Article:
- Research article
- Open Access
Knowledge, attitude and practices of pediatricians regarding the prevention of oral diseases in Italy
BMC Public Health volume 6, Article number: 176 (2006)
Pediatricians are in an ideal position to advise families about the prevention and management of oral diseases in children. The objective of the study was to determine knowledge, attitude, and practices regarding the prevention of oral diseases among pediatricians in Italy.
A systematic random sample of 1000 pediatricians received a questionnaire on socio-demographic and practice characteristics; knowledge on risk factors; attitude and practices towards the prevention of oral diseases.
A total of 507 pediatricians participated. More than half knew the main risk factors for oral diseases and this knowledge was higher in primary care pediatricians (p = 0.007), in those with a higher number of hours worked per week (p = 0.012), and who believed that oral diseases may be prevented (p = 0.017). Pediatricians with higher knowledge about the main risk factors (p = 0.006) believe that they have an important role in preventing oral diseases and that they can perform an oral examination. Almost all (89%) prescribed fluoride supplements and those younger (p = 0.016), with a higher number of patients seen in workday (p = 0.001), with longer practice activity (p = 0.004), those who believe that fluoride is effective in preventing caries (p < 0.0001), and who learned about prevention from scientific sources (p = 0.002) were more likely to prescribe fluoride. One-fourth and 40.6% provides and recommends a dental visit once a year and primary care pediatricians (p = 0.014) and those who believed that routine visit is important in preventing oral diseases (p < 0.0001) were more likely to recommend a dental visit once a year.
The results showed a lack of knowledge among pediatricians although almost all believed that they had an important responsibility in preventing oral diseases and provided an oral examination.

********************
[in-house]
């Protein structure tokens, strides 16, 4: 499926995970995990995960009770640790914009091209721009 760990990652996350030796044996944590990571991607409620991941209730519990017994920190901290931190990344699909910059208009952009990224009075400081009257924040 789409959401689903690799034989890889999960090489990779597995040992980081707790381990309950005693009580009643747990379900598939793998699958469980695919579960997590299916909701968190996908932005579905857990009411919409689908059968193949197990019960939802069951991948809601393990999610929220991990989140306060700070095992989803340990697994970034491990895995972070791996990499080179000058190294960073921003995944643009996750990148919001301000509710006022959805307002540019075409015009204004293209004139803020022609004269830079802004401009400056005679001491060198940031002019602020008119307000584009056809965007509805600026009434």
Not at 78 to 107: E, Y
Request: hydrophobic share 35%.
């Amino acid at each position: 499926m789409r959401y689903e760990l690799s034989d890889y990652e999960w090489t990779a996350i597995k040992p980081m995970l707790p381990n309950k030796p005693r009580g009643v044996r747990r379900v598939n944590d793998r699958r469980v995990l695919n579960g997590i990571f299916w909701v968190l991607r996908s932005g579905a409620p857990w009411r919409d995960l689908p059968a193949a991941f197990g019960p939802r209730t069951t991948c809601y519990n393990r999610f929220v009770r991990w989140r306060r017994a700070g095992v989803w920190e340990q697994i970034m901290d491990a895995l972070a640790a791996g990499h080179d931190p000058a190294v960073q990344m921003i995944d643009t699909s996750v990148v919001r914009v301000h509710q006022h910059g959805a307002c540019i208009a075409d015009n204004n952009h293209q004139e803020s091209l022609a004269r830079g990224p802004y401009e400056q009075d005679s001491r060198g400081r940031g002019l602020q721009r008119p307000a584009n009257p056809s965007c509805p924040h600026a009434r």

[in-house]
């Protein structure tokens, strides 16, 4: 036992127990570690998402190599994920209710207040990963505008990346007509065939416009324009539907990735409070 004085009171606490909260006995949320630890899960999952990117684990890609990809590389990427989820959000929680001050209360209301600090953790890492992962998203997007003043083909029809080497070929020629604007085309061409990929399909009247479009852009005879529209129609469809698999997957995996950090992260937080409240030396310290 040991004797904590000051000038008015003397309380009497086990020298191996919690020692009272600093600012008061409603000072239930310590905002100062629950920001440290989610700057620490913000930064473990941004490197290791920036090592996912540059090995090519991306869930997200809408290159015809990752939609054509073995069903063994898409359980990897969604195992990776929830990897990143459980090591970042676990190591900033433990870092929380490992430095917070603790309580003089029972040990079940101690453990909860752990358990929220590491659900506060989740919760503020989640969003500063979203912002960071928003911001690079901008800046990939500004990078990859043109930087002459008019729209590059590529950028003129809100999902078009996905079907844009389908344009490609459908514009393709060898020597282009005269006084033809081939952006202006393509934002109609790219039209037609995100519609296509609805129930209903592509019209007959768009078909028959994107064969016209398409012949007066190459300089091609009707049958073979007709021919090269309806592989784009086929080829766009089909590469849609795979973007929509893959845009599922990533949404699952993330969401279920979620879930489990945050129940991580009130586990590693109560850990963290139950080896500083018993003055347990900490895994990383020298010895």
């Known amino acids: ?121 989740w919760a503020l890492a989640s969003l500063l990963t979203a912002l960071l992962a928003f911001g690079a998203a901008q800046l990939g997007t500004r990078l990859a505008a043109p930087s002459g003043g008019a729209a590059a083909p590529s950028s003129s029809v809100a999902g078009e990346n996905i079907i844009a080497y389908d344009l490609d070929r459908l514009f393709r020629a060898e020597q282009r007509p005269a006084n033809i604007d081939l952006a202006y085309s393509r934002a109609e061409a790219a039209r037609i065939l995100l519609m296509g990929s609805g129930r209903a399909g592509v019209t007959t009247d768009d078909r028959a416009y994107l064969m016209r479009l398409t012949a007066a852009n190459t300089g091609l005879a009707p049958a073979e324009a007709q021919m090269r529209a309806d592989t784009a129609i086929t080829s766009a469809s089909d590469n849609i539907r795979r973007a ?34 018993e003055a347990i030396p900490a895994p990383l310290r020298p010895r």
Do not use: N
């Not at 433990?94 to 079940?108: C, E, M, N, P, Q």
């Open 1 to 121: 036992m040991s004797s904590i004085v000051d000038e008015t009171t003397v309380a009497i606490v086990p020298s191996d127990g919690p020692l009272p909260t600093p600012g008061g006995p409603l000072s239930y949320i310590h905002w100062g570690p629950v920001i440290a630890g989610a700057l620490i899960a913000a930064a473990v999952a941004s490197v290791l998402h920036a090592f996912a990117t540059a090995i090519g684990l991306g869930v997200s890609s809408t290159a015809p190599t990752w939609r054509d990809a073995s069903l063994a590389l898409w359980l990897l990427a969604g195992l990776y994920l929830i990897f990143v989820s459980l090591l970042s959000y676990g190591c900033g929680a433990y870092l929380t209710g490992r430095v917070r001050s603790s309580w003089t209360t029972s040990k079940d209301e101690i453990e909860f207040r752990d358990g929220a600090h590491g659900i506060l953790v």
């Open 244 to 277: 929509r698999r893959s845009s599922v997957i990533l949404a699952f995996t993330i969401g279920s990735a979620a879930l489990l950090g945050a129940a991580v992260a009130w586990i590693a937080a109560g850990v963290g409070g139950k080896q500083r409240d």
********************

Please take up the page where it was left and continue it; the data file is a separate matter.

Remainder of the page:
Primary preventive strategies for oral health are an essential public health priority since dental caries is, for example, the most common chronic disease among children worldwide. Experts recommend that initiatives begin with very young children to promote positive outcomes during childhood and subsequent adulthood.
Because of their frequent contact with families for routine preventive visits in the child's first few years of life, pediatricians are in an ideal and unique position to advice families about the prevention of oral diseases in their children. The American Academy of Pediatrics emphasizes that paediatric health care professionals should be trained to perform an oral health risk assessment on all children beginning at 6 months of age [1, 2].
To our knowledge, there is little published literature that focuses on the extent to which pediatricians participate, specifically as to their knowledge, attitudes, and practices with regard to oral health preventive programs. Clearly, such studies seem important because the attitude and the knowledge of pediatricians may enhance or impede the implementation and eventual success of a preventive program. Therefore, the purpose of this survey was to characterize what is known about knowledge, attitude, and current practices regarding the prevention of oral diseases among pediatricians in Italy.
This was a national cross-sectional survey of a study sample from the alphabetical list of the 2744 members of the Italian Pediatrician Cultural Association, including nearly all pediatric primary care providers in Italy. From their list of membership, a systematic random sample of 1000 pediatricians was selected. The study was conducted with survey methods involving mailing with follow-up. A complete anonymous self-administered questionnaire, with an endorsement letter providing a description of the study, a pre-addressed and postage-paid envelope to facilitate the return of the complete questionnaire, was sent to all sampled pediatricians in December 2004. A system of numbers identifying returned envelopes, known only to the research team, helped to identify the non-responders and required follow-up. Pediatricians who did not respond to the initial mailing were sent an additional follow-up reminder with another copy of the questionnaire and postage-paid envelope. After the second mailing, the identifying key was destroyed, thus maintaining total confidentiality for all respondents. In an attempt to maximize the response rate, telephone calls to encourage participation were made to all pediatricians before the initial and the follow-up mailing. A total of 120 pediatricians could not be contacted by telephone because their numbers were not available. Telephone follow-up to encourage participation continued until March 2005. Informed written consent for their participation was obtained and confidentiality of responses was assured.
Extensive preadministration piloting was conducted including interviews with pediatricians to ensure that the instrument was comprehensible and valid. Items were included in the survey instrument only if there was near universal consensus on their meaning.